NORFOLK, Neb. – The Northeast Community College Library was among libraries across the country to join the American Library Association (ALA) in support of the freedom to read during Banned Books Week, Sept. 27-Oct. 3. This year’s theme is “Censorship is a Dead End. Find Your Freedom to Read.”
Typically held during the last week of September, Banned Books Week spotlights current and historical attempts to censor books in libraries and schools. It brings together the entire book community - librarians, booksellers, publishers, journalists, teachers, and readers of all types - in shared support of the freedom to seek and to express ideas, even those some consider unorthodox or unpopular.
Each year, ALA’s Office for Intellectual Freedom (OIF) records hundreds of attempts by individuals and groups to have books removed from library shelves and from classrooms. The OIF tracked 377 challenges to library, school, and university materials and services in 2019. Overall, 566 books were targeted.
A challenge is an attempt to remove or restrict materials, based upon the objections of a person or group. A banning is the removal of those materials.
“Free and open access to information is essential to all members of the book community, including educators and readers of all kinds,” said Mary Louise Foster, director of library services. “Banned Books Week draws national attention to the harms of censorship and reminds us to enjoy our freedom to read.”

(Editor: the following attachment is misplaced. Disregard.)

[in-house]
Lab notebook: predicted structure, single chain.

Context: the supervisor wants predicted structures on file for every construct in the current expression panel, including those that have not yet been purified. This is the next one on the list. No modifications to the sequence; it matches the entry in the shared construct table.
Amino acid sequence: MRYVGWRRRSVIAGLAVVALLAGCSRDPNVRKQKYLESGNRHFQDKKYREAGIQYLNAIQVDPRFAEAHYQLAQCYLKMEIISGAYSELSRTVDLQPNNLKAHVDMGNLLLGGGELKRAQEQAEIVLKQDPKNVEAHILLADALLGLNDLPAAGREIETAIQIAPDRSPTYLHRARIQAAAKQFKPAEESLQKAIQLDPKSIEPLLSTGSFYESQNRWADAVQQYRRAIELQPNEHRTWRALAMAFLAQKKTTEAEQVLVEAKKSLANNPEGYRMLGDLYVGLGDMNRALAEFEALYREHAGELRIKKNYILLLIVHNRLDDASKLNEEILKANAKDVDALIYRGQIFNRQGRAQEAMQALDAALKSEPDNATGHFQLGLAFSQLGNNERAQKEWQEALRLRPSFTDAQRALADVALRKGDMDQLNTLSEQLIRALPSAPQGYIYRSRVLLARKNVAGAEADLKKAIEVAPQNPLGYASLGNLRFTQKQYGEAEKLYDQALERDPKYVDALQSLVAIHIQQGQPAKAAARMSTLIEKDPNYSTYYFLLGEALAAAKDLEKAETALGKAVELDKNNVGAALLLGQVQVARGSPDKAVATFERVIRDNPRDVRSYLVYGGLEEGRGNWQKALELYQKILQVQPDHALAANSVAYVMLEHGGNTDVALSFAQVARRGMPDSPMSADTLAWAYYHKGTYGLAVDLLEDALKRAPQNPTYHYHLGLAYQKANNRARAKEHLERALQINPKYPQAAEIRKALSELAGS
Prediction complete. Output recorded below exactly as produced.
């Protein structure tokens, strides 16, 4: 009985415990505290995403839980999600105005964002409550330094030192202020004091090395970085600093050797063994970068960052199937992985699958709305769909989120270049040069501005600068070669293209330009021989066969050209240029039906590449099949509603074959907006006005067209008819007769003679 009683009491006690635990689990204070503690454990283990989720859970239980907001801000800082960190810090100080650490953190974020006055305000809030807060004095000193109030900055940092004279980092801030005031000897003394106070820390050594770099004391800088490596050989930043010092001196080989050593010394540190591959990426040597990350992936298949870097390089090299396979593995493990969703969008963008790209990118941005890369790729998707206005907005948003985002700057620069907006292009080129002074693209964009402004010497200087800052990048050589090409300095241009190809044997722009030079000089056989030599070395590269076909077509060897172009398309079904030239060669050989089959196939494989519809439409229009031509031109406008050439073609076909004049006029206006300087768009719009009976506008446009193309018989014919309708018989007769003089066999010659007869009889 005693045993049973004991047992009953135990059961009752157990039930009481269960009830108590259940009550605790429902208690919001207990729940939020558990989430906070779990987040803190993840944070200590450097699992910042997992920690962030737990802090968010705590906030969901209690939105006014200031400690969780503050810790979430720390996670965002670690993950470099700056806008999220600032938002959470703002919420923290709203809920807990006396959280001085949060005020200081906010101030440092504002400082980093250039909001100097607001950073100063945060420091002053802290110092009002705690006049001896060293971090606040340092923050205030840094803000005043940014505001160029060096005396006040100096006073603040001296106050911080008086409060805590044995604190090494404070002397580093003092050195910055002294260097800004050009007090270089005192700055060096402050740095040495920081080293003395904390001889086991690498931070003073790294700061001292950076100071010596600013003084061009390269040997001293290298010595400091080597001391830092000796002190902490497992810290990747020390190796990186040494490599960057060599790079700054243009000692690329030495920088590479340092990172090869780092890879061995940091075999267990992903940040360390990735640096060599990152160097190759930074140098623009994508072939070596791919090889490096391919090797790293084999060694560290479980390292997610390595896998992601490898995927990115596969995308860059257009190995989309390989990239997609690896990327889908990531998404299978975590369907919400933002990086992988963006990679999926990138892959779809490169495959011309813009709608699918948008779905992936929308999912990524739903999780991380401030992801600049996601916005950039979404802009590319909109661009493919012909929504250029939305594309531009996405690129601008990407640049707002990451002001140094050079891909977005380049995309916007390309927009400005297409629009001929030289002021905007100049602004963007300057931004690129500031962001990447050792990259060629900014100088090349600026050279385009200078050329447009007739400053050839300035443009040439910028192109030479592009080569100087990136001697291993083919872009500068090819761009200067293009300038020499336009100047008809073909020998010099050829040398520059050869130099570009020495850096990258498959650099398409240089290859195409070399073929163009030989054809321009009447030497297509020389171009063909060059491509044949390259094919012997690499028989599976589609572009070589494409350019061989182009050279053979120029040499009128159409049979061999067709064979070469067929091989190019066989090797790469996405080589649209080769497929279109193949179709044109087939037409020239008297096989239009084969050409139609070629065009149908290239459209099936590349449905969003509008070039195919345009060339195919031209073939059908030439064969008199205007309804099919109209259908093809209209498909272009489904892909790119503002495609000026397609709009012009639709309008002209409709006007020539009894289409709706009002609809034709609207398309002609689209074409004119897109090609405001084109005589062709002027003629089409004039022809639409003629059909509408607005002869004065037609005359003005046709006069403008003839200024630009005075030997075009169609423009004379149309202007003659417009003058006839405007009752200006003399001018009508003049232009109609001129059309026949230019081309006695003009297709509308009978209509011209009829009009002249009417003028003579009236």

The Northeast library collection provides access to many banned books, including: 1984 by George Orwell, The Catcher in the Rye, by J.D. Salinger, Beloved by Toni Morrison, The Color Purple by Alice Walker, Go Tell it on the Mountain by James Baldwin, The Grapes of Wrath by John Steinbeck, Slaughterhouse Five by Kurt Vonnegut, and Their Eyes Were Watching God by Zora Neale Hurston, among others. Many of the books are on display on tables in the library this week.
“We encourage you to stop in to check out one of these books or simply enjoy any book of your choosing this week or anytime in the future,” Foster said.
To learn more about Banned Books Week, go online to the American Library Association’s website at ala.org/advocacy/bbooks/banned. To find out more as to what is offered through Northeast’s Library, log on to northeast.edu/library-resources.
Mary Louise Foster, director of Library Services at Northeast Community College (left), and Jennifer Ippensen, library technical services specialist, hold some of the books that are being highlighted this week during Banned Books Week. The Northeast Library was among libraries across the country to join the American Library Association to observe the week that spotlights current and historical attempts to censor books in libraries and schools.